The Observer is a Student-run, daily print & online newspaper serving Notre Dame & Saint Mary's. Learn more about us.



Elephant’: A film you won’t soon forget

Meeg Conroy | Tuesday, March 2, 2004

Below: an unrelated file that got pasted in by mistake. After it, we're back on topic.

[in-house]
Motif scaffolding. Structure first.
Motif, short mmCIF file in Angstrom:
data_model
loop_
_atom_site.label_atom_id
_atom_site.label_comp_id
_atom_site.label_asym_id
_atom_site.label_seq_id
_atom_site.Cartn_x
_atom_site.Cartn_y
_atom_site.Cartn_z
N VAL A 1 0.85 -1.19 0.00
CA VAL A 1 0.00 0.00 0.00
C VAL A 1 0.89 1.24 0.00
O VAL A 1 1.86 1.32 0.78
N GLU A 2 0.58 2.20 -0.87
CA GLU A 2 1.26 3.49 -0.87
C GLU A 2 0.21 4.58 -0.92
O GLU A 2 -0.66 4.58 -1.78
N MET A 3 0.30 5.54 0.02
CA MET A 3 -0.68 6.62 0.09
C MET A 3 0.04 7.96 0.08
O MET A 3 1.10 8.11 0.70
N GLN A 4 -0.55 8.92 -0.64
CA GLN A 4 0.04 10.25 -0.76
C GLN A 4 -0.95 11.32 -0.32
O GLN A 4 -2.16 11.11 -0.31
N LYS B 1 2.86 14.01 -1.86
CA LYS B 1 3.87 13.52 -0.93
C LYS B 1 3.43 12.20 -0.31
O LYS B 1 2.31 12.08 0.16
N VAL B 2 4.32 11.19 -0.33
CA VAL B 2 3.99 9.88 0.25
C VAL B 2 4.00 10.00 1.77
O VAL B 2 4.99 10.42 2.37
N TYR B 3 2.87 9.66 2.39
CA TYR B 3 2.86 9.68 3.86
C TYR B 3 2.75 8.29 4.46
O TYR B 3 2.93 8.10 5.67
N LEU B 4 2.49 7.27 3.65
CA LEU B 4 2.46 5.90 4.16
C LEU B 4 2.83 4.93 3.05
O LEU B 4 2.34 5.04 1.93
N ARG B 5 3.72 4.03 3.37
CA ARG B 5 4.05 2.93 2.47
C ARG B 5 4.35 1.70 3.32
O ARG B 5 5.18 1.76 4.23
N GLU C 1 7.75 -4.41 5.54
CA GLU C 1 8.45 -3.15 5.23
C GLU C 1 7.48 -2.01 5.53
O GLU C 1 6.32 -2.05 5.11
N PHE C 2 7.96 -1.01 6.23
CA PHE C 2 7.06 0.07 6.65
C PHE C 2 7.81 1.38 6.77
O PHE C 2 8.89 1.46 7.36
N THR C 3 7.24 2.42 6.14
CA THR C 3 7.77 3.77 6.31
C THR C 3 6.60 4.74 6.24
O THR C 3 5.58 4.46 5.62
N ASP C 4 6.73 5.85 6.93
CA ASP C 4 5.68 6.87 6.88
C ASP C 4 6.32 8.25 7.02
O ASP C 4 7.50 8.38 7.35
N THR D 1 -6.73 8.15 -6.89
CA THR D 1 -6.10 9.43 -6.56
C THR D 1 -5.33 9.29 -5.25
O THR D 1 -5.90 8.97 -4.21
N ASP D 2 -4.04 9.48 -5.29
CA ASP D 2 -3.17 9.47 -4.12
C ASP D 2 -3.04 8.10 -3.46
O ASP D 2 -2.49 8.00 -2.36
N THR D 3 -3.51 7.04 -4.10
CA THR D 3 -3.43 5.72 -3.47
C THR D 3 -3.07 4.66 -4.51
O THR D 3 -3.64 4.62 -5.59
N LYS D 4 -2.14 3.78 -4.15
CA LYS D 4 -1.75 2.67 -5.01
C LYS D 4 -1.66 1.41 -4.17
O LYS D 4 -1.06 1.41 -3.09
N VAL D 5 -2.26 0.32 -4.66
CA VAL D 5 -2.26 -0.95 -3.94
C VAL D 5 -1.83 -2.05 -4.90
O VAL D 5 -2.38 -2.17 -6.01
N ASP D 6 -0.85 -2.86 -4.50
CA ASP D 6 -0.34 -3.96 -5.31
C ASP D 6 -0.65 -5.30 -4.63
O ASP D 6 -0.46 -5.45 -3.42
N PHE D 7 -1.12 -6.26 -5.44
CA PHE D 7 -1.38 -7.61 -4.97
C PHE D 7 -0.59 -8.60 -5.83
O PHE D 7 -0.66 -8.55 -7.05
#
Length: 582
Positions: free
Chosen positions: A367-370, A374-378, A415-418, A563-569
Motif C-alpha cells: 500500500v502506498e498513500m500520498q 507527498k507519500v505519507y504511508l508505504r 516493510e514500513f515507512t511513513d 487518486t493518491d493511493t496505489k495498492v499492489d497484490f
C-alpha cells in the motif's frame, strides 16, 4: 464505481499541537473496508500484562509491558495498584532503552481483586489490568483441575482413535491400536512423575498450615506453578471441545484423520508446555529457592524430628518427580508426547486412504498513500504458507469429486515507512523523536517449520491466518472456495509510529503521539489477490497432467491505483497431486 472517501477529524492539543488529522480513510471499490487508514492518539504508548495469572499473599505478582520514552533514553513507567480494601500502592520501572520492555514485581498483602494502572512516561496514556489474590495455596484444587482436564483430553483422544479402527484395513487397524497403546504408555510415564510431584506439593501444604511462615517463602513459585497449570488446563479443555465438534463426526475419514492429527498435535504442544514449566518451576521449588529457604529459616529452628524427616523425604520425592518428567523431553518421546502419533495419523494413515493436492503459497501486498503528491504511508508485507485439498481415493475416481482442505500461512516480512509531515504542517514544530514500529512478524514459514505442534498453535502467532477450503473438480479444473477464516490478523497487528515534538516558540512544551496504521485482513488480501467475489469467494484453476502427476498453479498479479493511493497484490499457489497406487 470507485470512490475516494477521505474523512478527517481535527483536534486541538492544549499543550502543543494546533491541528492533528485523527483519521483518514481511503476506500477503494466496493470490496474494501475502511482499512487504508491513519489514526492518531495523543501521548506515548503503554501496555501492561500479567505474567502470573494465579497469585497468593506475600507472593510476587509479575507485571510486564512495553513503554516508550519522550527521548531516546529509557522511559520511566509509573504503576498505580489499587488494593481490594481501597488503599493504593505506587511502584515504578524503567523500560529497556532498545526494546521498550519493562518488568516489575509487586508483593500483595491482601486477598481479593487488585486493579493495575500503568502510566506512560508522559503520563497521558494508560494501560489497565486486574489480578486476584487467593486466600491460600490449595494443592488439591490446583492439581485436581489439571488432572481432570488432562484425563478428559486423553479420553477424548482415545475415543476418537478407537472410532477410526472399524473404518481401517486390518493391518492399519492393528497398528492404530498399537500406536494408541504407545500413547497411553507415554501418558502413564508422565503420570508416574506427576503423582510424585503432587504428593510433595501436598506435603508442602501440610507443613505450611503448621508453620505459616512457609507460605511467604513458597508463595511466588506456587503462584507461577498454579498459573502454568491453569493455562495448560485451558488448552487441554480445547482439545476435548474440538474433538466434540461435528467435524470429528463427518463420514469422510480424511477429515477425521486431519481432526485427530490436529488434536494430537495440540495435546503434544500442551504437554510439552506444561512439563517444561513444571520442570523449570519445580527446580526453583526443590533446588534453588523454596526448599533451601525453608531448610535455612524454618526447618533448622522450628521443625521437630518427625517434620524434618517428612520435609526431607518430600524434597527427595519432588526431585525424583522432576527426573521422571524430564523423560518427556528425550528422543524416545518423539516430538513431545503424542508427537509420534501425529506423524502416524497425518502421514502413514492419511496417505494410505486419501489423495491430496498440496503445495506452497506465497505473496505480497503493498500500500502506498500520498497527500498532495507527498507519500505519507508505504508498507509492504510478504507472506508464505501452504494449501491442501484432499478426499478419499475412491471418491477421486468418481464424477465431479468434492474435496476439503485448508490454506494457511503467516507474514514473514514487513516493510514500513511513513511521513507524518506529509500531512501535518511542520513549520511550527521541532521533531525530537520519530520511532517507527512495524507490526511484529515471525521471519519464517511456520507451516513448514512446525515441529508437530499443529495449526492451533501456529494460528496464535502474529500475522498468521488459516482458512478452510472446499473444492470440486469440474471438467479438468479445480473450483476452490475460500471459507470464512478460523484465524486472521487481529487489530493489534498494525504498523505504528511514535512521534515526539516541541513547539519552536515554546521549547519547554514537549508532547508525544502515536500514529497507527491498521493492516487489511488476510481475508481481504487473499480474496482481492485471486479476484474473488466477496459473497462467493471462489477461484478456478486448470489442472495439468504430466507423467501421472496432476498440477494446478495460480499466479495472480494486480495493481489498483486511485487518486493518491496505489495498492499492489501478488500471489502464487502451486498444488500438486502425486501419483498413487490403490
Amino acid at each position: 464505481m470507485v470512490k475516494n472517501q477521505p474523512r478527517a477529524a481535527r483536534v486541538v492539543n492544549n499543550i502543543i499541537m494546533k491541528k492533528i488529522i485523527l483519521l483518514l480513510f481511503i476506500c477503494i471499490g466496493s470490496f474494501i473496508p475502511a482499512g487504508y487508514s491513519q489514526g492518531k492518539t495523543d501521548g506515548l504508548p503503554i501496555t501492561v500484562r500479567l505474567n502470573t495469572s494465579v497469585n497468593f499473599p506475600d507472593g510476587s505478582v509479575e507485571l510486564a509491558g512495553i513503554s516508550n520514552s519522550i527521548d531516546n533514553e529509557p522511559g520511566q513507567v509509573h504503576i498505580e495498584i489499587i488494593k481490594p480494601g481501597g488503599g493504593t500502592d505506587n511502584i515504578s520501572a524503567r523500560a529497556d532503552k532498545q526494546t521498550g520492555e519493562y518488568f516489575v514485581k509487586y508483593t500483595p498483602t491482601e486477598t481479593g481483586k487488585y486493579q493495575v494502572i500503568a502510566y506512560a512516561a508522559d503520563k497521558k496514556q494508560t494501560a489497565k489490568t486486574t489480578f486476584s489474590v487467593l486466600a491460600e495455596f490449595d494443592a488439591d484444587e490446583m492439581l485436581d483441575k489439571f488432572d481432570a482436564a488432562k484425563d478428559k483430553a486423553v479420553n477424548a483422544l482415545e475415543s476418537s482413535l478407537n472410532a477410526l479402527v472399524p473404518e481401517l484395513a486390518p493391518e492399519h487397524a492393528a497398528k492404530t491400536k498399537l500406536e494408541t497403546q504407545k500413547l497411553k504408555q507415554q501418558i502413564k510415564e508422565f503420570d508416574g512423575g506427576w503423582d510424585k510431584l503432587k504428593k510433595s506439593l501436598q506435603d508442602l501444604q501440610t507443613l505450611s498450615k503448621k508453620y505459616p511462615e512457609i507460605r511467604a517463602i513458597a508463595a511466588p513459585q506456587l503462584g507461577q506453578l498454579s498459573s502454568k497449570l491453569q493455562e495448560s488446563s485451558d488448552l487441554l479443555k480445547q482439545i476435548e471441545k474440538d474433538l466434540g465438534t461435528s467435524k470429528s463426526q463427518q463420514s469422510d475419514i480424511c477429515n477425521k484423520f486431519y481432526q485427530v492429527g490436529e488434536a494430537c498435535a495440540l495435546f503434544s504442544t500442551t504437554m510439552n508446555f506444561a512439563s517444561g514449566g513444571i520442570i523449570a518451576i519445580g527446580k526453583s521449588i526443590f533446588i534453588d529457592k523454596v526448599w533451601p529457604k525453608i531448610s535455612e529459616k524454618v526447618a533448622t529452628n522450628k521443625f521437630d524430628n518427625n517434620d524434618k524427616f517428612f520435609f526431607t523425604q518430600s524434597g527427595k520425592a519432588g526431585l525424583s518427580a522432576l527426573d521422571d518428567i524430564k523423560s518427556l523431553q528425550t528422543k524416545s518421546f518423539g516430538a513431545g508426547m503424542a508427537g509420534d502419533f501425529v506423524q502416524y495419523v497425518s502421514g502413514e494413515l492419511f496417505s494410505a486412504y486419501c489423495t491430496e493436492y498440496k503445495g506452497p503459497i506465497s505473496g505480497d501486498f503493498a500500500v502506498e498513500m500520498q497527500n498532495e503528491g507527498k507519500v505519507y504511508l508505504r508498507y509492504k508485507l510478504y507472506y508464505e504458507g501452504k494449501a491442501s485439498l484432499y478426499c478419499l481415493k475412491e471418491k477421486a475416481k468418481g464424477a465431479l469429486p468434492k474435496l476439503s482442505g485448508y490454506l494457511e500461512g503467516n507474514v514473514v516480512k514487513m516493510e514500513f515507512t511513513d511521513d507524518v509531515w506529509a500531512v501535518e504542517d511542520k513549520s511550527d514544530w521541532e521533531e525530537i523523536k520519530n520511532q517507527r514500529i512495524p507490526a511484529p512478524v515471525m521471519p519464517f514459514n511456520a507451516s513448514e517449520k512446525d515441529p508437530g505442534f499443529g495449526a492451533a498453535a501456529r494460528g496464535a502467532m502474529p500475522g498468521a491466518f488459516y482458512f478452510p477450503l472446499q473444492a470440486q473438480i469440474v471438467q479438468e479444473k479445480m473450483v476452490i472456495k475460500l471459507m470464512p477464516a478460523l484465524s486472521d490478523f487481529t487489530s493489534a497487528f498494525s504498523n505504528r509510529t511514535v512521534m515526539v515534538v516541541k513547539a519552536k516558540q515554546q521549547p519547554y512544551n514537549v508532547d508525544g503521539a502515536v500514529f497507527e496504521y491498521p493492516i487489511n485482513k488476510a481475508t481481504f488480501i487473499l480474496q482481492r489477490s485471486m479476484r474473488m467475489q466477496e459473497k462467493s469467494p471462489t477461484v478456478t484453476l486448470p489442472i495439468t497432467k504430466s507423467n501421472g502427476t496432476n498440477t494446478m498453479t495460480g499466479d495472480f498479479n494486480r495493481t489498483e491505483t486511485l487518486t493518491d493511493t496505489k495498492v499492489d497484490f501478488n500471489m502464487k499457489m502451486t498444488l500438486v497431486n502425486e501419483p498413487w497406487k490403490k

It’s been almost five years since the tragic events in Littleton, Colo. at Columbine High School, but the memory and impact of those events still live on. Through similar events depicted in both books and films, society continues to deal with the issue of school violence. In 2003, director Gus Van Sant released Elephant, a film commenting on high school violence that won the best picture and best director awards at the prestigious 2003 Cannes Film Festival. His film brings the audience back to high school to try to understand how and why we react to violence. Van Sant looks at how explanations are made and scapegoats created.Elephant is set in a small high school located in Portland, Ore., where Van Sant lives. Completely furnished with the archetypal jock, nerd, popular girl and goth, the film brings the audience back to the pressures of high school. We can remember the same jocks with lettermen jackets, the same nerds with Ti-83 calculators, and the same girls dressed in the latest fashions. Maybe a little less familiar to some are the quiet, distant students – the kids who always kept to themselves, living in a world as dark as their exterior. In Elephant, Alex Frost and Eric Deulen exhibit these qualities.Within the plot’s 48 hours, Van Sant looks at the social and family lives of Alex and Eric. The film unfolds on an ordinary day, filled with the usual class work, gossip and socializing common in high school. The film observes its characters from a removed distance and for each student we meet, high school is a different experience.Van Sant forces the audience to consider the common motives of “violent children” such as poor parenting, neo-nazism and violent video games. The audience is challenged to decide why these boys kill – and, on a larger scale, why anyone kills. The film does not try to boldly provide a single answer for the problem of school violence but rather deals with the issue through multiple perspectives.This film helps audiences reevaluate school violence and its ongoing impact on society. Although Columbine may have occurred over 4 years ago, issues of school violence continue to persist across the globe, the country and even in South Bend, raising various questions. And as Van Sant suggests with his film, there may not be a definitive answer. It’s usually impossible to allocate just one cause for violent actions. Humanity, as Van Sant shows, is unpredictable. The only things that can be attributed to all issues of school violence are their destructive psychological and emotional power and the need to prevent them.Elephant runs 81 minutes and will be shown at 7 p.m. tomorrow evening in Carey Auditorium, located in the Hesburgh Library. This film is part of the ND Cinema series and is sponsored by the Film, Television and Theatre department.